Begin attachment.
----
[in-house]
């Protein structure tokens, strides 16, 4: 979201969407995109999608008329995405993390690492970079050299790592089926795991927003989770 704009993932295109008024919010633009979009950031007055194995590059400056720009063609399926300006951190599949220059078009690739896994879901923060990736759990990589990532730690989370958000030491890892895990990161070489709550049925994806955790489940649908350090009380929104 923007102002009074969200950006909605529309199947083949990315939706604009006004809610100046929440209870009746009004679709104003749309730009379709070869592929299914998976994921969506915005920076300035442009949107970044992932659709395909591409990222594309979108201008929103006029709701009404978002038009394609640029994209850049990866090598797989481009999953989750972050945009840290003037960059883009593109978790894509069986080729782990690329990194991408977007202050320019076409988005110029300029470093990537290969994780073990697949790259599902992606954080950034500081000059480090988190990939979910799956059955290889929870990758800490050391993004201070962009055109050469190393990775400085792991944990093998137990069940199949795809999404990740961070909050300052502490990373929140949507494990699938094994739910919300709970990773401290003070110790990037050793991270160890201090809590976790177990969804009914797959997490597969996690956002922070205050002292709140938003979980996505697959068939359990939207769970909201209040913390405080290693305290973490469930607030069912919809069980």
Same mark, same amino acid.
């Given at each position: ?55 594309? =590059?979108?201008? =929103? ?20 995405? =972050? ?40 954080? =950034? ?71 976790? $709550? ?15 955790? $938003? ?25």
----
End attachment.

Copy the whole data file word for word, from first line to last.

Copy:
[in-house]
């Protein structure tokens, strides 16, 4: 979201969407995109999608008329995405993390690492970079050299790592089926795991927003989770 704009993932295109008024919010633009979009950031007055194995590059400056720009063609399926300006951190599949220059078009690739896994879901923060990736759990990589990532730690989370958000030491890892895990990161070489709550049925994806955790489940649908350090009380929104 923007102002009074969200950006909605529309199947083949990315939706604009006004809610100046929440209870009746009004679709104003749309730009379709070869592929299914998976994921969506915005920076300035442009949107970044992932659709395909591409990222594309979108201008929103006029709701009404978002038009394609640029994209850049990866090598797989481009999953989750972050945009840290003037960059883009593109978790894509069986080729782990690329990194991408977007202050320019076409988005110029300029470093990537290969994780073990697949790259599902992606954080950034500081000059480090988190990939979910799956059955290889929870990758800490050391993004201070962009055109050469190393990775400085792991944990093998137990069940199949795809999404990740961070909050300052502490990373929140949507494990699938094994739910919300709970990773401290003070110790990037050793991270160890201090809590976790177990969804009914797959997490597969996690956002922070205050002292709140938003979980996505697959068939359990939207769970909201209040913390405080290693305290973490469930607030069912919809069980």
Same mark, same amino acid.
């Given at each position: ?55 594309? =590059?979108?201008? =929103? ?20 995405? =972050? ?40 954080? =950034? ?71 976790? $709550? ?15 955790? $938003? ?25």